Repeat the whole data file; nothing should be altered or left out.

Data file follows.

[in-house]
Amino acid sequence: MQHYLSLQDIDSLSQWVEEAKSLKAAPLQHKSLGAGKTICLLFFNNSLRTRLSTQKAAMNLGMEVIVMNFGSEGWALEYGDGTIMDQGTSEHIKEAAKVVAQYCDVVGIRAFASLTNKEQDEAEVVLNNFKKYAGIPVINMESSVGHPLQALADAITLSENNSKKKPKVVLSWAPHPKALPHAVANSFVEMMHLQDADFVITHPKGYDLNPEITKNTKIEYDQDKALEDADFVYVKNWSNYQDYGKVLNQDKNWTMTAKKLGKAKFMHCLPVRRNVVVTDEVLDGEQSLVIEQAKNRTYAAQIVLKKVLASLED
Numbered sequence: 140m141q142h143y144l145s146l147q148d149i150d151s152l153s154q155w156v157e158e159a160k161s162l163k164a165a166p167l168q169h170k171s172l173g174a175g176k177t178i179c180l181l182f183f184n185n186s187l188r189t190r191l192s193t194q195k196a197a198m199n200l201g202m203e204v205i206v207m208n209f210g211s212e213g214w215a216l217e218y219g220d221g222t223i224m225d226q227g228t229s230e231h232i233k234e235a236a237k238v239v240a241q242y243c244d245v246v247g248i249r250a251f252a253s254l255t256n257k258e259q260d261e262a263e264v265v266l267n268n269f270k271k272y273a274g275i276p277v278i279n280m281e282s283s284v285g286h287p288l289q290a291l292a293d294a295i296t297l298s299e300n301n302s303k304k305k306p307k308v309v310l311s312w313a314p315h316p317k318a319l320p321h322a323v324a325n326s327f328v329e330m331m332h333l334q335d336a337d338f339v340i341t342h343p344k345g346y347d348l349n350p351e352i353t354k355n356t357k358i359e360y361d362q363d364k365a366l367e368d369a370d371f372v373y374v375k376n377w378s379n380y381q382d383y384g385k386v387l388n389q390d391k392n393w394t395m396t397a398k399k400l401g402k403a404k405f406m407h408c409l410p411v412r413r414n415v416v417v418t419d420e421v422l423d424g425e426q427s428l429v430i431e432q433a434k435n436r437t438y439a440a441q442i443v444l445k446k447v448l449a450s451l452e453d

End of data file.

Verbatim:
[in-house]
Amino acid sequence: MQHYLSLQDIDSLSQWVEEAKSLKAAPLQHKSLGAGKTICLLFFNNSLRTRLSTQKAAMNLGMEVIVMNFGSEGWALEYGDGTIMDQGTSEHIKEAAKVVAQYCDVVGIRAFASLTNKEQDEAEVVLNNFKKYAGIPVINMESSVGHPLQALADAITLSENNSKKKPKVVLSWAPHPKALPHAVANSFVEMMHLQDADFVITHPKGYDLNPEITKNTKIEYDQDKALEDADFVYVKNWSNYQDYGKVLNQDKNWTMTAKKLGKAKFMHCLPVRRNVVVTDEVLDGEQSLVIEQAKNRTYAAQIVLKKVLASLED
Numbered sequence: 140m141q142h143y144l145s146l147q148d149i150d151s152l153s154q155w156v157e158e159a160k161s162l163k164a165a166p167l168q169h170k171s172l173g174a175g176k177t178i179c180l181l182f183f184n185n186s187l188r189t190r191l192s193t194q195k196a197a198m199n200l201g202m203e204v205i206v207m208n209f210g211s212e213g214w215a216l217e218y219g220d221g222t223i224m225d226q227g228t229s230e231h232i233k234e235a236a237k238v239v240a241q242y243c244d245v246v247g248i249r250a251f252a253s254l255t256n257k258e259q260d261e262a263e264v265v266l267n268n269f270k271k272y273a274g275i276p277v278i279n280m281e282s283s284v285g286h287p288l289q290a291l292a293d294a295i296t297l298s299e300n301n302s303k304k305k306p307k308v309v310l311s312w313a314p315h316p317k318a319l320p321h322a323v324a325n326s327f328v329e330m331m332h333l334q335d336a337d338f339v340i341t342h343p344k345g346y347d348l349n350p351e352i353t354k355n356t357k358i359e360y361d362q363d364k365a366l367e368d369a370d371f372v373y374v375k376n377w378s379n380y381q382d383y384g385k386v387l388n389q390d391k392n393w394t395m396t397a398k399k400l401g402k403a404k405f406m407h408c409l410p411v412r413r414n415v416v417v418t419d420e421v422l423d424g425e426q427s428l429v430i431e432q433a434k435n436r437t438y439a440a441q442i443v444l445k446k447v448l449a450s451l452e453d